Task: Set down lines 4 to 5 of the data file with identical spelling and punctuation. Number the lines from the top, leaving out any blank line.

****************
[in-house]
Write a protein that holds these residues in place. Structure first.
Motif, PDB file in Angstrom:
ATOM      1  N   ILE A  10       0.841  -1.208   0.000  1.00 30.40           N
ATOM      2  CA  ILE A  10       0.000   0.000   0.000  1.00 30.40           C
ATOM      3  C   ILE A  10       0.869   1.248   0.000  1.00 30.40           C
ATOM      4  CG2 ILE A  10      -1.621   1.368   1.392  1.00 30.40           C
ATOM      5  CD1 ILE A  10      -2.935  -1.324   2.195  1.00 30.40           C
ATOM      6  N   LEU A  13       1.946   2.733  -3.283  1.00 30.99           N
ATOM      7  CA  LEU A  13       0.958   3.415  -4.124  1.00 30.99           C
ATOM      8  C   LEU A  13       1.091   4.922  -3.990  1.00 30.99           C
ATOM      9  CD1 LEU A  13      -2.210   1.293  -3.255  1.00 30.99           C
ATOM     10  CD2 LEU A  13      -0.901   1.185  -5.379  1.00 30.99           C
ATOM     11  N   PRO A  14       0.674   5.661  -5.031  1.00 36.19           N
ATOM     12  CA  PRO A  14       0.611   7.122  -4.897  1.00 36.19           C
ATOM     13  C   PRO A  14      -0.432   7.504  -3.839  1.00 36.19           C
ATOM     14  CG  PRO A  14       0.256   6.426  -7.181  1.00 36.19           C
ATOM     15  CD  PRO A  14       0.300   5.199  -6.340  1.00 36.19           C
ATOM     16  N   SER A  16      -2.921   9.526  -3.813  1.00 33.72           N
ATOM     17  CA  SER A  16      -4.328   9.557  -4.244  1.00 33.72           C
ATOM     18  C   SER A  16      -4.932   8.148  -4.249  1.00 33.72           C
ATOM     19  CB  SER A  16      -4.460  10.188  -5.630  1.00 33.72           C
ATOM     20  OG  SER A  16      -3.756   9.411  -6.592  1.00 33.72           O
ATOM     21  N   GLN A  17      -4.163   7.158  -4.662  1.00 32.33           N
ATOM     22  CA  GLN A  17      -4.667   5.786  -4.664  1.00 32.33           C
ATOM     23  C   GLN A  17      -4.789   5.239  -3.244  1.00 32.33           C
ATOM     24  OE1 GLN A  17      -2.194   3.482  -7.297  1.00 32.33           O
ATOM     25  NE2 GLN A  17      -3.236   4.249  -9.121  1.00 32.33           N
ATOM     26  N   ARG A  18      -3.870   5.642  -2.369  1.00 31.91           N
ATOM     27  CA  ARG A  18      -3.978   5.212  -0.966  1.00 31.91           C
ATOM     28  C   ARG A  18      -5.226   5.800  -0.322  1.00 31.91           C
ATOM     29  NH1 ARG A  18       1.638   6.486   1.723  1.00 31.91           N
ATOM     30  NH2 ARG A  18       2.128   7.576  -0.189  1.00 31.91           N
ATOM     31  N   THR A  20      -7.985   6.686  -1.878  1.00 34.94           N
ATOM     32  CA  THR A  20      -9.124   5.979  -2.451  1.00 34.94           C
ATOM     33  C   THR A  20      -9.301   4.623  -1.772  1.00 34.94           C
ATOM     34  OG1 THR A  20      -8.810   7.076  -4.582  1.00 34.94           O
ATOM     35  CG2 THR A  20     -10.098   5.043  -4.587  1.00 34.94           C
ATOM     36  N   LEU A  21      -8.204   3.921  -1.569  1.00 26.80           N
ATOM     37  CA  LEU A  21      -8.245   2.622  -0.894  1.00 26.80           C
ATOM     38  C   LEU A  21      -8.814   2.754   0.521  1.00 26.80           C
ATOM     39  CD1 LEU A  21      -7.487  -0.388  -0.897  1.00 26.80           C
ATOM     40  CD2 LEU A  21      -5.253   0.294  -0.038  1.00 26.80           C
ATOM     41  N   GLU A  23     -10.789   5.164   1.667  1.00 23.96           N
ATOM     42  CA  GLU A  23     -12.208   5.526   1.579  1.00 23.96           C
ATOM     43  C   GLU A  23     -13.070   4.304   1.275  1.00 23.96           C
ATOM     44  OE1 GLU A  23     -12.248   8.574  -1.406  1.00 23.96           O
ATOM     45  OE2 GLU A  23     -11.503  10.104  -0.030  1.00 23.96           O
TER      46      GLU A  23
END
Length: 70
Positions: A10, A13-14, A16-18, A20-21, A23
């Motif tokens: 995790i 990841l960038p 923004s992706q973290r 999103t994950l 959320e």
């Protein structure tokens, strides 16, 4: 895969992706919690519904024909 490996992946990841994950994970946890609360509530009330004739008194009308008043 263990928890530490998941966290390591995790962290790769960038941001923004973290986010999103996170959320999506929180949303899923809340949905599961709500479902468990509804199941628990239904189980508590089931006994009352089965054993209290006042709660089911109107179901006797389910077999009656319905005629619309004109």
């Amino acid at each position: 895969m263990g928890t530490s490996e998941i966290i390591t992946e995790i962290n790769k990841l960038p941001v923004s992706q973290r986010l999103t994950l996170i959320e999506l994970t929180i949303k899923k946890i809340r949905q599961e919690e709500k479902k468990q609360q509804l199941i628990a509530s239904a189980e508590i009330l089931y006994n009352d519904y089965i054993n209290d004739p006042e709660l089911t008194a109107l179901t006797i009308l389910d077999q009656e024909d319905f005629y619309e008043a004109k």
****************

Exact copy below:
ATOM      1  N   ILE A  10       0.841  -1.208   0.000  1.00 30.40           N
ATOM      2  CA  ILE A  10       0.000   0.000   0.000  1.00 30.40           C